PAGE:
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Grading on a Twisted Curve

October 22, 2013 By Michael Diedrich, Education Fellow

Who do you see about giving the grading system a failing grade?

Oklahoma is one of the states that’s instituted an A-F grading system for schools as part of a push for school accountability. As with many school accountability systems, Oklahoma’s A-F grades depend heavily on test scores. That system, however, has now been roundly criticized in a report [PDF] by researchers at the University of Oklahoma and Oklahoma State University.

Their analysis pulled thousands of test scores from dozens of schools across the state. That analysis showed that, on the 50 question tests used as the basis for the grades, the difference between an “A” school and an “F” school was 3.67 correct answers, and that there were few meaningful differences between A, B, and C schools. As the report writers put it, “Many of the differences between letter grades were likely due to chance; even when they reached statistical significance they were of questionable practical utility....”

Oh, and they also hid achievement gaps by relying too much on aggregate measures. This is a problem Minnesotans should be familiar with, as our long-running high average educational performance has masked serious equity gaps.

The problems with the Oklahoma grades are different than the ones uncovered earlier in Indiana, where former state superintendent Tony Bennett (and several of his staff) had been found changing the grading system behind the scenes. Setting aside for the moment the fact that those changes were made in large part because a school Bennett respected (and which was connected to a major campaign donor), the Indiana case showed the distinctly artificial nature of this kind of grading system. As comforting as it would be to have a system that could authoritatively tell us which schools deserved an A and which deserved an F, there’s not much of a promising track record to go off of here.

Minnesota, as you may know, does not use an A-F grading scale as the basis of our accountability system. Instead, we use something called the Multiple Measurements Rating (MMR), devised as a replacement for No Child Left Behind’s Adequate Yearly Progress (AYP) requirement.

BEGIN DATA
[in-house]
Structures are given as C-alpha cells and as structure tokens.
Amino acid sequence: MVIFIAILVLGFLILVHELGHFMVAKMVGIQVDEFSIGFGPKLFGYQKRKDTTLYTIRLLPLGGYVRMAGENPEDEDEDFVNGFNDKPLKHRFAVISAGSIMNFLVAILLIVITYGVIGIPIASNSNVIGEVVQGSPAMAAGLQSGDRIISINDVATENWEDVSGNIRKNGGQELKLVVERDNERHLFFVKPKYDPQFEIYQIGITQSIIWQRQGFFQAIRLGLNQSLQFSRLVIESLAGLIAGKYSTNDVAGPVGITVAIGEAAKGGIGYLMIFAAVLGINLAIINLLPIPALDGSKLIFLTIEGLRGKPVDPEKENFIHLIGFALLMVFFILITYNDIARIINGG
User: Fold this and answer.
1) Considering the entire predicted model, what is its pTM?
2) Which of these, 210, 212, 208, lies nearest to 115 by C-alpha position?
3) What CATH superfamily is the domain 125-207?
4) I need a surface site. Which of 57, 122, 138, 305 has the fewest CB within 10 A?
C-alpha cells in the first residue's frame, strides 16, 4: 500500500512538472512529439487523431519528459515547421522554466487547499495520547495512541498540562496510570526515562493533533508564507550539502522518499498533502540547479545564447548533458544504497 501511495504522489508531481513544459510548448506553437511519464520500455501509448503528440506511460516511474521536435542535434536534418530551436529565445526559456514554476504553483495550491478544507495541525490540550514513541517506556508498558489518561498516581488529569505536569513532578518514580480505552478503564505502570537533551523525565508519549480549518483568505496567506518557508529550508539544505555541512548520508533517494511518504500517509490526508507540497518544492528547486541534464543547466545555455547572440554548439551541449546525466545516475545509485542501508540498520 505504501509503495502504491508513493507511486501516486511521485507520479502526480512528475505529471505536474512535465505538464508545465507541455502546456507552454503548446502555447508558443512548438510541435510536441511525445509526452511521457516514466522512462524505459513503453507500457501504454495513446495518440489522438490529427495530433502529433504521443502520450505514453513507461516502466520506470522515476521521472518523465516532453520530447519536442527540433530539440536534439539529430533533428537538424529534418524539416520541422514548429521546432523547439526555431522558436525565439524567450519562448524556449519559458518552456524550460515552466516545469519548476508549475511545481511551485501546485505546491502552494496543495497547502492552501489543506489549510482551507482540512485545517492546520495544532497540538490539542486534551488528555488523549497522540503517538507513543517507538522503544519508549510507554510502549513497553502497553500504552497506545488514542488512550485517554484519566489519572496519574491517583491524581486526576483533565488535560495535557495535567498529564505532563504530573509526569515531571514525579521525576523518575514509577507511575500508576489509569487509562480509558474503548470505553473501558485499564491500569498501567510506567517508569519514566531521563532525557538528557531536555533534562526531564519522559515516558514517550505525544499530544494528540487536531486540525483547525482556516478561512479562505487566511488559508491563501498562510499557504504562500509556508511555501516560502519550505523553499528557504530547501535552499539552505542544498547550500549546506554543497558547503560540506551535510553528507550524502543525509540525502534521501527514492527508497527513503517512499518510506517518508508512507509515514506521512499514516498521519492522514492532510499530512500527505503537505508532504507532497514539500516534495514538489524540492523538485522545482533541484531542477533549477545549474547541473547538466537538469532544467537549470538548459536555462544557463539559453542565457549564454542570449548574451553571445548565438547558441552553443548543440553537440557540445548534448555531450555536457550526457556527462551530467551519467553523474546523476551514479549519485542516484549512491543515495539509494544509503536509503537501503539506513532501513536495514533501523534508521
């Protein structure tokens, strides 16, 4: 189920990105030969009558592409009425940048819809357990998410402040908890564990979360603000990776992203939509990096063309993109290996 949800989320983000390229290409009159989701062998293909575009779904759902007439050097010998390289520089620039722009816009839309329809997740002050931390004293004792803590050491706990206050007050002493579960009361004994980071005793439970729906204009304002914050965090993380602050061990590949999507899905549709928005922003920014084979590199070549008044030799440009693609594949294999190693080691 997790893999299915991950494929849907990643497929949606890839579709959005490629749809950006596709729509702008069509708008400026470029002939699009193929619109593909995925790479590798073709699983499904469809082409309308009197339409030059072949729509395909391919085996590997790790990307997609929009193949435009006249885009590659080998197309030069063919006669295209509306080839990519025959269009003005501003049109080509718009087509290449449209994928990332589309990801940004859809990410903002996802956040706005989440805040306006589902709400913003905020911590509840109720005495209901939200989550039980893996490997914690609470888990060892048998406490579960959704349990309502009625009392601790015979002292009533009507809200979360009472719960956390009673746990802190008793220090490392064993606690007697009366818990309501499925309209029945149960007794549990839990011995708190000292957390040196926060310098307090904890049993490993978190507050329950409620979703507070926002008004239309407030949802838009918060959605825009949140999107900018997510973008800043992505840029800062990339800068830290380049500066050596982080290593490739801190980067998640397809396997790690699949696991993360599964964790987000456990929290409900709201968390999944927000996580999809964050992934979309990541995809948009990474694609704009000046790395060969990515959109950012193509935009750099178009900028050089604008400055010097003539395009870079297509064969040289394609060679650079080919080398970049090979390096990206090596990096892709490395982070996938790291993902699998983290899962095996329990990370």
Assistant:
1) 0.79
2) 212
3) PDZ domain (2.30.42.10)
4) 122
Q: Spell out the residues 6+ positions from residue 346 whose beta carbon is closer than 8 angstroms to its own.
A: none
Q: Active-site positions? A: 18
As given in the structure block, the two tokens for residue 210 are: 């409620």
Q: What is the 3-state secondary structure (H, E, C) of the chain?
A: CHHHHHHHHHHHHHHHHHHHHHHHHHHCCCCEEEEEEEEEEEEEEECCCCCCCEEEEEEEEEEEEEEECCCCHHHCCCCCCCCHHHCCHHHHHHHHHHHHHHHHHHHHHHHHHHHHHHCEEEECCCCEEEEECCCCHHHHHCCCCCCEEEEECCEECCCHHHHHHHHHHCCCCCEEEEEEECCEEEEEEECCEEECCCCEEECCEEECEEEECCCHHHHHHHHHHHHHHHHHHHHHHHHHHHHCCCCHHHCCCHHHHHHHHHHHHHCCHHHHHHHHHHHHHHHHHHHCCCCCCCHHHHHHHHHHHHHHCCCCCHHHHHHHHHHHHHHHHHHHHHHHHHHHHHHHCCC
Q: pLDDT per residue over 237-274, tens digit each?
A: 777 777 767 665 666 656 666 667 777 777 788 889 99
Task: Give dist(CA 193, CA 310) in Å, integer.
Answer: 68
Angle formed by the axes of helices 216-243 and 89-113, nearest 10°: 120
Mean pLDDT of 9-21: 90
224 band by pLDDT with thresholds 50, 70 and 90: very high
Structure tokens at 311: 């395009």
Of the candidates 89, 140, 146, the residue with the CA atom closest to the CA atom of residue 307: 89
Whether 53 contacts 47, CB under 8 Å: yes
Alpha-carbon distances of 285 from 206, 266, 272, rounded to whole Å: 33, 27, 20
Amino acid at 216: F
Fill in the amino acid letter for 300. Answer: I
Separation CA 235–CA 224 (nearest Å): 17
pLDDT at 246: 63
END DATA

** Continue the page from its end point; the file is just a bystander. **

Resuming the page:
The MMR combines three different test score calculations: proficiency by student group, year-to-year student growth, and an achievement gap calculation that compares a school’s scores for generally low-scoring groups with the state’s scores for generally high-scoring groups. It also includes a graduation rate component. Those four components -- proficiency, growth, achievement gap, and graduation rates -- are assigned equal weight in calculating a numeric score for the school. This allows for more nuanced scores than the simplistic A-F scale, and it should more accurately represent how close or far apart school’s scores are.

In one sense, then, Minnesota’s system is “better” than the A-F systems in Oklahoma, Indiana, and elsewhere. Those systems, too, could be seen as going through the expected early hiccups that come along with developing a new tool. Who’s to say this isn’t just a natural part of the trial-and-error process?

Well, the Oklahoma researchers weighed in on this, too. They argue that the entire exercise is built on a flawed concept: the idea that test scores are a reasonable measurement of school performance. Here I’ll quote again from the report, which says, “While basing the letter grade solely on student test performance and like indicators, the A-F policy ignores the fact that most achievement variation exists within schools not across schools.”

Also, “A primary assumption of the A-F accountability system, that student test scores can be dissected and manipulated into valid indicators of school performance, is simply false.” Or, in simpler terms, “Student test scores are not a trustworthy measure of school performance.”

Here it should be noted that the Oklahoma researchers do support the use of accountability systems for schools, and offer several recommendations for improving Oklahoma’s system. They strongly argue against the use of arbitrary cutpoints for defining “proficiency,” and instead argue for the use of averages and standard deviations in raw scores. They also argue for abandoning the A-F scale in favor of a multidimensional system “includes indicators of standardized test performance, other outcome indicators, school process indicators, and school inputs.”

One final consideration is what the purpose of such systems should be. The report writers state plainly that, “It is a myth to think that using student test scores to punish or reward schools is a driver of improvement.” If we want to change school practices, we need to do something other than label schools and assign high stakes to those labels. This comes back to the theme that systems change is not a substitute for capacity building. If the problem is with the rules, incentives, and distribution of authority, changing those things can fix the problem. If the problem is a lack of capacity -- material, human, or skill -- giving a school an F isn’t going to help it get any better.

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